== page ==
So what does the Bible say about marriage?  That could be a lengthy book, but let me offer a few highlights for your pondering.  We will dig into these ideas in more depth on Saturday and Sunday at the forums, as well as taking time to discuss how these apply to our understandings of marriage today:

1. In Genesis 1:26-27, male and female are named together as part of what it means for humans to be created "in God's image."  By itself this wouldn't mean much, but later on the Bible says a lot about the way a marriage of a man and a woman reflects the nature of God and God's relationship to his people.

2. Genesis 2:18-25 is without doubt the most significant biblical text on marriage, laying out a pattern for God's intention for marriage.  In this text, among many other things, God says it is not good for man to be alone, that he needs a "helper" fit for his needs (see next point for more on this), and a basic pattern for marriage relationships is laid out in 2:24-25.

3. The much-maligned "helper" (or "helpmate" which is an inaccurate translation of the words "help meet for him", the King James Version's way of saying a helper fitting for him) is a powerful word.  In the Bible the Hebrew word "ezer" (helper) is applied only to God as the one who helps us, with one exception.  The word is applied to a human only in Genesis 2, specifically referring to the woman God created out of Adam.  So the idea of Eve -- or any woman -- being an "assistant" or a lackey is absolutely NOT what the text is talking about here.  The relationship described is a relationship between people of different physical structure, different gifts, different identity, but of equal value.  It is only in this context of complementarity that the statement in 2:24 that these two "become one flesh" makes any sense.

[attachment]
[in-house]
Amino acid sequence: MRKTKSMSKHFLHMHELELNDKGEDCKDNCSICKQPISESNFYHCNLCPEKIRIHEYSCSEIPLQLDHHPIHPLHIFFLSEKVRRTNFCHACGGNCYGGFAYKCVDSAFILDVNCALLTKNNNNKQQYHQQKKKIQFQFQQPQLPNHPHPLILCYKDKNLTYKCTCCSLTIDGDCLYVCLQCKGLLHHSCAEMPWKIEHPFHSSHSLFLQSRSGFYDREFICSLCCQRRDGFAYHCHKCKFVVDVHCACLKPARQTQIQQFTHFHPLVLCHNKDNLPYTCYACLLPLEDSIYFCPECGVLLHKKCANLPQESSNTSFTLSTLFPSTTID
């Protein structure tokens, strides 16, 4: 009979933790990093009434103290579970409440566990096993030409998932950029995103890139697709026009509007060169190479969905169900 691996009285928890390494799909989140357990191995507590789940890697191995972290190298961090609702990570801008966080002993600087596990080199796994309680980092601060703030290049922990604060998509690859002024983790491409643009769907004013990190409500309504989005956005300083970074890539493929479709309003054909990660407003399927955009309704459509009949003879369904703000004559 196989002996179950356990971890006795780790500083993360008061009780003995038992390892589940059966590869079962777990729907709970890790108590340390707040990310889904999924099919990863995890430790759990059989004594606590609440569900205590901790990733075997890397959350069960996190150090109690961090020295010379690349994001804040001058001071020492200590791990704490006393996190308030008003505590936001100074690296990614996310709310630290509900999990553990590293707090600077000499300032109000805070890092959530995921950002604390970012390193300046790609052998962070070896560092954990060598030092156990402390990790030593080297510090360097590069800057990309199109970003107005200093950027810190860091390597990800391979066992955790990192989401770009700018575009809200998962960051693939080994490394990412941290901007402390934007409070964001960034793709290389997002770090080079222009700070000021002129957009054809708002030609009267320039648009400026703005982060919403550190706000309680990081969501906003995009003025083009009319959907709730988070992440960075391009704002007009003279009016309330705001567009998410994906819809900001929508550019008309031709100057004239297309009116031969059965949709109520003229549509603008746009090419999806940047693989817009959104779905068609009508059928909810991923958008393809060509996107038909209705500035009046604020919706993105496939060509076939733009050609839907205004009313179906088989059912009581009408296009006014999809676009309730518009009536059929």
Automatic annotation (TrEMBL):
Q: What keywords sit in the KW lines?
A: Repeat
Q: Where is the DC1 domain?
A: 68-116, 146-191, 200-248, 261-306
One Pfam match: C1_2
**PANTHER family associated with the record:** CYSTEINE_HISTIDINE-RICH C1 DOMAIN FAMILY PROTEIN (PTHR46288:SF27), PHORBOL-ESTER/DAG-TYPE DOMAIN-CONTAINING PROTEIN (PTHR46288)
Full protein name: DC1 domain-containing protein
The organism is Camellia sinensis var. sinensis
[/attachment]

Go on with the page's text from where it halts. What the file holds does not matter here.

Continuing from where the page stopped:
4. Within the culture of the Old Testament nation of Israel, cultural practices around marriage diverged from this original pattern laid out in Genesis 2.  Polygamy, Levirate marriage, concubines, and sexual relationships in the context of the worship of other gods (notably Baal and Asherah) were all common practices in the Old Testament, but the Bible does not endorse -- and in most cases strongly rejects -- these other contexts for sexual relationships.  The Old Testament also recognizes divorce as a reality, but clearly states that it is not God's intention.

5. The New Testament reinstates the Genesis 2 pattern of God's intention for marriage.  Jesus reasserts this pattern, most strongly in Matthew 19 and Mark 10, by quoting Genesis 2:24 and expounding on it. Jesus also goes even farther than the Old Testament in stating clearly that divorce violates God's intention for marriage.